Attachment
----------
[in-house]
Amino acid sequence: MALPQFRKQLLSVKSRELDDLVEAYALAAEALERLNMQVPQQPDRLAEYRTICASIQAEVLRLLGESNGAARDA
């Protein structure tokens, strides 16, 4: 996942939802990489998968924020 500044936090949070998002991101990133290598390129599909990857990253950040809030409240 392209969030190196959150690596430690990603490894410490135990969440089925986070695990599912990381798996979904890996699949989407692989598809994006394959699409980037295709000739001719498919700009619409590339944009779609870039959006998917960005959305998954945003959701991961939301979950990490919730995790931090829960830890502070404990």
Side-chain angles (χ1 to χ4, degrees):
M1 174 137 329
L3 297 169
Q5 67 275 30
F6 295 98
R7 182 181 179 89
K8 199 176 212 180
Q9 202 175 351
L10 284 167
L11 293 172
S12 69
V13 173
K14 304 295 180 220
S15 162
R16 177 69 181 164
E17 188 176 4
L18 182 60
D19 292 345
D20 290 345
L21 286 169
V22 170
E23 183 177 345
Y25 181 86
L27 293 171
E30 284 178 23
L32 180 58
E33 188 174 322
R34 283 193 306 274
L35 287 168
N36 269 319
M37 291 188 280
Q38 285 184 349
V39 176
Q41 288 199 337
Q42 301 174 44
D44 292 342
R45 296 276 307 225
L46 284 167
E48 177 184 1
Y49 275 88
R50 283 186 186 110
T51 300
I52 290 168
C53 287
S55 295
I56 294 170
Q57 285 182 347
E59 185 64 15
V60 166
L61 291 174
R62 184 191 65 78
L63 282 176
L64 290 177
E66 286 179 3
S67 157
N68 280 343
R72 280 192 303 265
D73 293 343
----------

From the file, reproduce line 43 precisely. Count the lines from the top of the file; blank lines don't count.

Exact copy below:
Y49 275 88